Children’s hospital in Mumbai to start blood bank
SRCC Children’s Hospital at Haji Ali will set up their own blood bank because they often face blood shortage because of which they had to reschedule planned surgeriesmumbai Updated: Jun 10, 2018 00:51 IST
The SRCC Children’s Hospital at Haji Ali will set up a blood bank that will exclusively serve the needs of the city’s paediatric patients.
The hospital said they decided to set up their own blood bank because they often face blood shortage because of which they had to reschedule planned surgeries.
Dr Kalpana Velaskar, head of department, transfusion medicine, said they need 12 units of blood each day for surgeries for congenital heart ailments, bone defects and blood transfusions for children battling blood cancer. “Till now we have been getting blood from other hospitals, but whenever there is a shortage or emergencies, their patients get the first preference,” said Dr Velaskar. “Very often, we need blood to manage preterm babies as they have less reserve of blood supply,” she added.
The hospital treats newborns to patients till the age of 18. The blood bank is expected to be opened on Monday. The blood available at the hospital will be irradiated by gamma rays (i.e., exposed to gamma rays) to prevent complications, especially in children undergoing blood transfusion. Transfusion-Associated-Graft-Versus-Host-Disease (TA-GvHD) is a rare but usually fatal complication of blood transfusion and occurs when lymphocytes in the donor’s blood engraft in a susceptible recipient, proliferate and damage organs. Lymphocytes are one of several types of white blood cells in a person’s immune system.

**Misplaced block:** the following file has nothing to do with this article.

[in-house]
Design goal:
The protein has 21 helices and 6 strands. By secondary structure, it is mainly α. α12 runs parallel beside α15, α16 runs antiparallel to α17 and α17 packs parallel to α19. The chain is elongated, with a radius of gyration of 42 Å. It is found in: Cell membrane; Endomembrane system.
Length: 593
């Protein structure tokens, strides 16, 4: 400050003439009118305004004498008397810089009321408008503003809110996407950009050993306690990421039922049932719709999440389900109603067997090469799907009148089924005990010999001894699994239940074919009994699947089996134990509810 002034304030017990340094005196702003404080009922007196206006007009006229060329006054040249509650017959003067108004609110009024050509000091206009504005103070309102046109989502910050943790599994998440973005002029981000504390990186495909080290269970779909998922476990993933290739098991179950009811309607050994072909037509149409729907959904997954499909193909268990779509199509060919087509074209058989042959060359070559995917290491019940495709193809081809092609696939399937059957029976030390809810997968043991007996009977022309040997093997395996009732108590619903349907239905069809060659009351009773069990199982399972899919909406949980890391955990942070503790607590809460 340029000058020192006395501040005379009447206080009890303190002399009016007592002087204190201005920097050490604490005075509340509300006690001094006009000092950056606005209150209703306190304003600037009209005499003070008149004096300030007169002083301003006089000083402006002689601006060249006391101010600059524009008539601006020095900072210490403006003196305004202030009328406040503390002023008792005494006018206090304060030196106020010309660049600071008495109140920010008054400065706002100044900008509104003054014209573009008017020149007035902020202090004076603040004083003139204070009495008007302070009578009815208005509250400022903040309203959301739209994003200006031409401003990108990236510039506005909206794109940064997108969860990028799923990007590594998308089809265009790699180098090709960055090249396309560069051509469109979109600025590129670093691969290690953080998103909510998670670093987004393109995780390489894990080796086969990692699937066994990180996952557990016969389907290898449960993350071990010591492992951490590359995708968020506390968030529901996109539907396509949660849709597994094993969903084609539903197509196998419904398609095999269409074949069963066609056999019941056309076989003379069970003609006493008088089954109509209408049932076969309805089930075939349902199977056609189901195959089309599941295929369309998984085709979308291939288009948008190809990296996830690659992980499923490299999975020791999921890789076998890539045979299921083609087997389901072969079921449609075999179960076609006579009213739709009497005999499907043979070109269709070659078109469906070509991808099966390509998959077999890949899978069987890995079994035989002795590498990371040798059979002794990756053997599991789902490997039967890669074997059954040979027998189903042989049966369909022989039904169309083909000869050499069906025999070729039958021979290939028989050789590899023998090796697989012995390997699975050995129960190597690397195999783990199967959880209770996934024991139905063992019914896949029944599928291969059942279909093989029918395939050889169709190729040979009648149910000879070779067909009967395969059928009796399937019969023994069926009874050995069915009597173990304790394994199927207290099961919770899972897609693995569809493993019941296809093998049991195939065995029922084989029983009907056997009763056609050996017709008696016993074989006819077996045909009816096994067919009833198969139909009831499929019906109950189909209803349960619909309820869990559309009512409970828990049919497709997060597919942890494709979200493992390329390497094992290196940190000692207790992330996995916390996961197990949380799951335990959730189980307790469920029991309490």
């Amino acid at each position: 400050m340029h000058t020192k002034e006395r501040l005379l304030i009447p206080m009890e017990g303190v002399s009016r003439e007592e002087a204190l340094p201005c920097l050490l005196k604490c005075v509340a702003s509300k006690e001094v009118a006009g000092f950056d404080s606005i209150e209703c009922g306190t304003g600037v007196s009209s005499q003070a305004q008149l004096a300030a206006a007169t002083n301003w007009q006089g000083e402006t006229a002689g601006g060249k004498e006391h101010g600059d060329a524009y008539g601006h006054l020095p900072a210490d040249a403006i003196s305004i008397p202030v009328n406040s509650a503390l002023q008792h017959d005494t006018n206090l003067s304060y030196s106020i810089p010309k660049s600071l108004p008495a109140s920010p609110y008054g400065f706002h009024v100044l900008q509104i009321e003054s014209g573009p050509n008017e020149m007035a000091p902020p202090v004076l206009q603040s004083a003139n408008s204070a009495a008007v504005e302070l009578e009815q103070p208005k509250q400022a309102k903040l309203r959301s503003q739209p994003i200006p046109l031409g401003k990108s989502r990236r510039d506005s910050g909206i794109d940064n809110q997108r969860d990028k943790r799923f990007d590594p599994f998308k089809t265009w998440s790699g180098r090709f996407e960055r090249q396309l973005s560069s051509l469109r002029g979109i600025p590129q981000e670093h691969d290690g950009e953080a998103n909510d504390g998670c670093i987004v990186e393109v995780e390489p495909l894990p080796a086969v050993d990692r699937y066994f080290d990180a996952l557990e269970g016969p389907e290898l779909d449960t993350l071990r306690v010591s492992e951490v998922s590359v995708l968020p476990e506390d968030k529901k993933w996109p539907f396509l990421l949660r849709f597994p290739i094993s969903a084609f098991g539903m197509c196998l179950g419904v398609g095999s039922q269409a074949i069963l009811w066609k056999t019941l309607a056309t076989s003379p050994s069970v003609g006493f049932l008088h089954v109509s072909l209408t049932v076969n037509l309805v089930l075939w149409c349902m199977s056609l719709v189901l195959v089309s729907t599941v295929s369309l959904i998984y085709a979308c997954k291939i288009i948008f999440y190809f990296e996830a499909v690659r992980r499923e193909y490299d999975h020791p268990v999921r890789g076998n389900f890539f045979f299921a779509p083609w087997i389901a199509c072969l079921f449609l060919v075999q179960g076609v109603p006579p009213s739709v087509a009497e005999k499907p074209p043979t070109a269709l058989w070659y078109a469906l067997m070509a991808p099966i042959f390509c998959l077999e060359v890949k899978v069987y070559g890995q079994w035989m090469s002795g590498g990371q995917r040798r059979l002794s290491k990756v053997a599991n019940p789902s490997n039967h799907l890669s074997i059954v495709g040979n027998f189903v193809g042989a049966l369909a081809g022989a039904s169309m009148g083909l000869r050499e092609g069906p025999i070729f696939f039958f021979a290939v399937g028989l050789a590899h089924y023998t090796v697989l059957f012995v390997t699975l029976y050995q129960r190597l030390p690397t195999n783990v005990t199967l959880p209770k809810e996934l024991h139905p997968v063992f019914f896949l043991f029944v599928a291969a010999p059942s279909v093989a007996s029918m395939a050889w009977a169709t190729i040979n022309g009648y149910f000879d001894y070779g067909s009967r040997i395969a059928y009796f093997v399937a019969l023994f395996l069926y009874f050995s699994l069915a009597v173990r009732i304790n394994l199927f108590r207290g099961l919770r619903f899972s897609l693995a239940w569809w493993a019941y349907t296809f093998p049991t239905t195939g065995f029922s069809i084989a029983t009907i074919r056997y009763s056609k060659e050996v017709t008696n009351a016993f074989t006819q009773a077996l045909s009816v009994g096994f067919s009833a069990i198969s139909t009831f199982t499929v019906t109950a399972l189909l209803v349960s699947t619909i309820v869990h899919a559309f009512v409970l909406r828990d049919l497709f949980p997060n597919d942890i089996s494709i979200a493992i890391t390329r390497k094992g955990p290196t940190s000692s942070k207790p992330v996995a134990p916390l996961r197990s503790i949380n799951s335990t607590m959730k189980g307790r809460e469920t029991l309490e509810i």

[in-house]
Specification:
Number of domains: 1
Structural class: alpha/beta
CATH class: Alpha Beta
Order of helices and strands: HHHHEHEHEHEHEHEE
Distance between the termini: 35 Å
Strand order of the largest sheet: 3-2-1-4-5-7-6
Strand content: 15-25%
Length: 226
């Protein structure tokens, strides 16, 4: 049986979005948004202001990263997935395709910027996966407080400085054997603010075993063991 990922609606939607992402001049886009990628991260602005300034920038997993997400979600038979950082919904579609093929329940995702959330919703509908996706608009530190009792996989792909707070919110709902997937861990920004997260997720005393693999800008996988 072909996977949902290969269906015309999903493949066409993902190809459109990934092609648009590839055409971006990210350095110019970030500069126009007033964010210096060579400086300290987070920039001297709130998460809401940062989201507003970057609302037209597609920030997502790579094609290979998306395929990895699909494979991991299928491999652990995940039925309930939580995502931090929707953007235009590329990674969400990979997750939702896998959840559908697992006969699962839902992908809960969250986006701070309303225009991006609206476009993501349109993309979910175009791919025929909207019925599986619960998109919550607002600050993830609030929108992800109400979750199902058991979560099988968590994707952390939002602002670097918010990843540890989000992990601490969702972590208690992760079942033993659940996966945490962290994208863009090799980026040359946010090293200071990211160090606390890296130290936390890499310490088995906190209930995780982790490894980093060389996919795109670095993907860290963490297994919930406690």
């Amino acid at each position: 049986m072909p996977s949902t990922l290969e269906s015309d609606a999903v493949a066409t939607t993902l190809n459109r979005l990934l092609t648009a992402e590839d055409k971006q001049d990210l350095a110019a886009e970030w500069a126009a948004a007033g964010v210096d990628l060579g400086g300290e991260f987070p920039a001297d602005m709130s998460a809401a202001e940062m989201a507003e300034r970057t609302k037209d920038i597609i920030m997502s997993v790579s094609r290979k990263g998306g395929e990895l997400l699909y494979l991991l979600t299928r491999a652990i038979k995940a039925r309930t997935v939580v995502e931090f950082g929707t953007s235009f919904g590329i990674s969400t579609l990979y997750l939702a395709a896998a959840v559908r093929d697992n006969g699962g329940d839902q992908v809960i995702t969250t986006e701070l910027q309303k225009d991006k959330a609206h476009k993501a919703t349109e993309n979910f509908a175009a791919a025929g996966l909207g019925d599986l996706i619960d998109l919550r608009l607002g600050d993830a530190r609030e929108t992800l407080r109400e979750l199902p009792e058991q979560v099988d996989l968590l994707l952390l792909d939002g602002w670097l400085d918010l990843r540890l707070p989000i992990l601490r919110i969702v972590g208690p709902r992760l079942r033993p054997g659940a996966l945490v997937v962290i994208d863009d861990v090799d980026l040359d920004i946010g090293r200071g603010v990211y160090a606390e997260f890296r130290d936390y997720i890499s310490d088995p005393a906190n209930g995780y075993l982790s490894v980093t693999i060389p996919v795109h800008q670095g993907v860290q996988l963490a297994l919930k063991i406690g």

“During blood transfusion, lymphocytes, a type of blood cells, go and home in on the bone marrow of the child. In preterm children, who have a weak immune system, the body treats the donors cells as its own and does not destroy them, causing severe complications that could result in death,” said Dr Snigdha Paddalwar, consultant, paediatric anesthesia, at the hospital. “For such cases, it is imperative that we used gamma irradiated blood,” she added.
Even as the doctors hope that the new blood bank will reduce the shortage, Vinay Shetty, founder of Think Foundation, a city based non- governmental organisation that helps organise blood donation camps, said opening new blood banks may not be the solution to tackle the problem of blood storage.
“Every year during summer and Diwali (when regular blood donors leave the city), we face blood storage. Even hospitals that have blood banks are not able to keep up with the requirements. If a hospital is opening a new blood bank, it should be justified by ensuring that people voluntarily donate,” he said.